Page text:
UNITED STATES OF AMERICA,
ARTHUR ARCHULETA, a/k/a Arthur
Archuletta, a/k/a Art Archutetta,
Before BRISCOE, McKAY, and McCONNELL, Circuit Judges.
Defendant pleaded guilty to being a felon in possession of a firearm in violation of 18 U.S.C. § 922(g)(1), and was sentenced to thirty-three months' imprisonment based on a four-level increase under United States Sentencing Guideline § 2K2.1(b)(5).(1) This case comes to us on defense counsel's motion to withdraw as counsel. In compliance with Anders v. California, 386 U.S. 738 (1967), he has filed a brief in support of that motion. That brief states that the district court's application of § 2K2.1(b)(5) poses the only arguable issue for appeal.
Defendant was charged in Utah state court with aggravated assault with a dangerous weapon(2) following a domestic dispute in which evidence indicates that Defendant pointed a loaded, 9-mm weapon at his girlfriend and her seven-year-old son. The charge was dropped, however, following apparent mismanagement of the prosecution. The district court nevertheless relied upon this information, contained in the pre-sentence report ("PSR") filed in conjunction with Defendant's federal § 922(g)(1) crime, in deciding to apply the sentencing enhancement. At sentencing, defense counsel objected to the inclusion of and reliance upon this information in the PSR because the state charge was never prosecuted and no facts relating to this charge were admitted by Defendant in his guilty plea. The district court denied the objection:
Based upon defendant's own post-Miranda admission, combined with the evidence presented by the government in this case, including photographs, a 911 audiotape and videotape of interviews, the Court finds by a preponderance of the evidence that the defendant directly used one of four weapons in his possession to engage in behavior amounting to aggravated assault . . . .
(Sentencing Tr. at 12.)
In his Anders brief, defense counsel asserts that the district court's reliance on facts alleged in the PSR relating to the aggravated assault charge raises no nonfrivolous appealable issue.(3) In support of that position, he cites United States v. Wolfe, 435 F.3d 1289 (10th Cir. 2006), which reaffirmed, post-Booker, our pre-Booker decision that unobjected-to facts contained in a PSR constitute admissions of fact. Wolfe does not apply, however, to the instant situation because defense counsel objected at sentencing to the use of this evidence, pointing out that the state charge was never prosecuted and that Defendant denied the incident ever occurred.
Nevertheless, in United States v. Magallanez, 408 F.3d 672, 684-85 (10th Cir. 2005), we held that even after Booker, facts relevant to sentencing need only be proved by a preponderance of the evidence, so long as the Sentencing Guidelines are treated in an advisory fashion. The district court correctly treated the Sentencing Guidelines as advisory, and the court's statement correctly and concisely conveys the evidence upon which it relied in finding that a preponderance of the evidence warranted the § 2K2.1(b)(5) enhancement.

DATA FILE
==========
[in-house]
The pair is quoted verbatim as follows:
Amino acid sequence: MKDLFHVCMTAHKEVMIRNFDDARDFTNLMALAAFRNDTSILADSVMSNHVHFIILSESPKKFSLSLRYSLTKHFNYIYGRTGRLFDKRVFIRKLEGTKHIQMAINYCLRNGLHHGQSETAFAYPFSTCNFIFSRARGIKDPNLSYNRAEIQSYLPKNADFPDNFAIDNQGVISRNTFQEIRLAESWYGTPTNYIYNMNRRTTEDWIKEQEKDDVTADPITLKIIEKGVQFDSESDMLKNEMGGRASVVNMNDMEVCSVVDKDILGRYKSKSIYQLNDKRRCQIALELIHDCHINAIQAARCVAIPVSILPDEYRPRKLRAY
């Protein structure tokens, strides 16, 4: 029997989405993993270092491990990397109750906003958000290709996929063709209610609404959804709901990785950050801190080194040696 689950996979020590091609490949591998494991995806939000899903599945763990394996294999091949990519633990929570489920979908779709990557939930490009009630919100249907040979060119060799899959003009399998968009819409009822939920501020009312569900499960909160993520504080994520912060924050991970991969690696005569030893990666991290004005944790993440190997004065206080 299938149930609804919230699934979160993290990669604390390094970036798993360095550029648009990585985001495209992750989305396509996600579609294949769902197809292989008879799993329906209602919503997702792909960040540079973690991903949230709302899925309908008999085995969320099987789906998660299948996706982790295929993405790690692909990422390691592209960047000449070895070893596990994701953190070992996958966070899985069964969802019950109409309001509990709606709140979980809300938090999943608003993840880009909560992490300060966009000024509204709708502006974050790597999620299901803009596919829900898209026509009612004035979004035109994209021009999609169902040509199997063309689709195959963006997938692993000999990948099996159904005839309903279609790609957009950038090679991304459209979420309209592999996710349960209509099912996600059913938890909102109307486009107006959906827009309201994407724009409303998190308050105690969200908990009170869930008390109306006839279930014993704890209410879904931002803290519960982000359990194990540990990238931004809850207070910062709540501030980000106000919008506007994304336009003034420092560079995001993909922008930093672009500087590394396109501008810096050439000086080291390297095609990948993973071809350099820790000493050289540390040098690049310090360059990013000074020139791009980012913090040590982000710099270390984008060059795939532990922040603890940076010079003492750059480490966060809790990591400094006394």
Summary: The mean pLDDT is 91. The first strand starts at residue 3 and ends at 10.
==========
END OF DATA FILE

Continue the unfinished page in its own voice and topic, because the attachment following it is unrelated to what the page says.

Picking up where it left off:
Accordingly, after reviewing the Anders brief and the record on appeal, including the PSR and sentencing transcript, we GRANT counsel leave to withdraw and AFFIRM the judgment and sentence.
Entered for the Court
Monroe G. McKay
*. This order and judgment is not binding precedent, except under the doctrines of law of the case, res judicata, and collateral estoppel. It may be cited, however, for its persuasive value consistent with Fed. R. App. P. 32.1 and 10th Cir. R. 32.1.
1. Section 2K2.1(b)(5) was renumbered as § 2K2.1(b)(6) in the 2006 edition of the Sentencing Guidelines. For the sake of consistency, we will use the numbering that existed at the time of sentencing. The section directs that "[i]f the defendant used or possessed any firearm . . . in connection with another felony offense, . . . increase [the offense level] by 4 levels."
2. Under Utah Code Ann. § 76-5-102(1), assault is defined as "(a) an attempt, with unlawful force or violence, to do bodily injury to another; (b) a threat, accompanied by a show of immediate force or violence, to do bodily injury to another; or (c) an act, committed with unlawful force or violence, that causes bodily injury to another or creates a substantial risk of bodily injury to another." Aggravated assault, defined as assault using a dangerous weapon or other means or force likely to produce death or serious bodily injury, Utah Code Ann. § 76-5-103, is a third degree felony punishable by up to five years' imprisonment, Utah Code Ann. § 76-3-203.
3. Counsel's brief contains a certificate of service certifying that he furnished Defendant with a copy of counsel's brief. Defendant has not filed a brief indicating disagreement with his counsel's position.